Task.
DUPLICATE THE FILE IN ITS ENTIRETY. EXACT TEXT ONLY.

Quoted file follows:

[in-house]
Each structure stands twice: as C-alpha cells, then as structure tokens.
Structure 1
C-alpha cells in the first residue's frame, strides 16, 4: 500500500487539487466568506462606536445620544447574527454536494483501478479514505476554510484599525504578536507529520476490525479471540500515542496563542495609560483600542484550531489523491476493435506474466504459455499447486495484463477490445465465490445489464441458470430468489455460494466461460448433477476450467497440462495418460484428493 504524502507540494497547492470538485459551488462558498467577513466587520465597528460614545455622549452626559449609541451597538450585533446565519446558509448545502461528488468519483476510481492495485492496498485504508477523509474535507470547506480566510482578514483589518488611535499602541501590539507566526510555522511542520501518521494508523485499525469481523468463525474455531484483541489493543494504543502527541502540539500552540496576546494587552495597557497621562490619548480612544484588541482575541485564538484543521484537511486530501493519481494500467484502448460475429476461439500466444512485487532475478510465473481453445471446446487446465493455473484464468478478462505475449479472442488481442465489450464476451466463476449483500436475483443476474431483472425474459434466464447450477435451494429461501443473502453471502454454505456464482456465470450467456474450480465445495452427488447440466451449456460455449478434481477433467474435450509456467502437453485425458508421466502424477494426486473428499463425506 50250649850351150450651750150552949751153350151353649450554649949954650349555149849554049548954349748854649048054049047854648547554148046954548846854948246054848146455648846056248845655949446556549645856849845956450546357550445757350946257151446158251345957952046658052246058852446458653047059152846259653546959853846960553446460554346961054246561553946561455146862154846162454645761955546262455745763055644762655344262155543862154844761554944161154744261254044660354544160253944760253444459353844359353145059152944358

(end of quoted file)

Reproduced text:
[in-house]
Each structure stands twice: as C-alpha cells, then as structure tokens.
Structure 1
C-alpha cells in the first residue's frame, strides 16, 4: 500500500487539487466568506462606536445620544447574527454536494483501478479514505476554510484599525504578536507529520476490525479471540500515542496563542495609560483600542484550531489523491476493435506474466504459455499447486495484463477490445465465490445489464441458470430468489455460494466461460448433477476450467497440462495418460484428493 504524502507540494497547492470538485459551488462558498467577513466587520465597528460614545455622549452626559449609541451597538450585533446565519446558509448545502461528488468519483476510481492495485492496498485504508477523509474535507470547506480566510482578514483589518488611535499602541501590539507566526510555522511542520501518521494508523485499525469481523468463525474455531484483541489493543494504543502527541502540539500552540496576546494587552495597557497621562490619548480612544484588541482575541485564538484543521484537511486530501493519481494500467484502448460475429476461439500466444512485487532475478510465473481453445471446446487446465493455473484464468478478462505475449479472442488481442465489450464476451466463476449483500436475483443476474431483472425474459434466464447450477435451494429461501443473502453471502454454505456464482456465470450467456474450480465445495452427488447440466451449456460455449478434481477433467474435450509456467502437453485425458508421466502424477494426486473428499463425506 50250649850351150450651750150552949751153350151353649450554649949954650349555149849554049548954349748854649048054049047854648547554148046954548846854948246054848146455648846056248845655949446556549645856849845956450546357550445757350946257151446158251345957952046658052246058852446458653047059152846259653546959853846960553446460554346961054246561553946561455146862154846162454645761955546262455745763055644762655344262155543862154844761554944161154744261254044660354544160253944760253444459353844359353145059152944358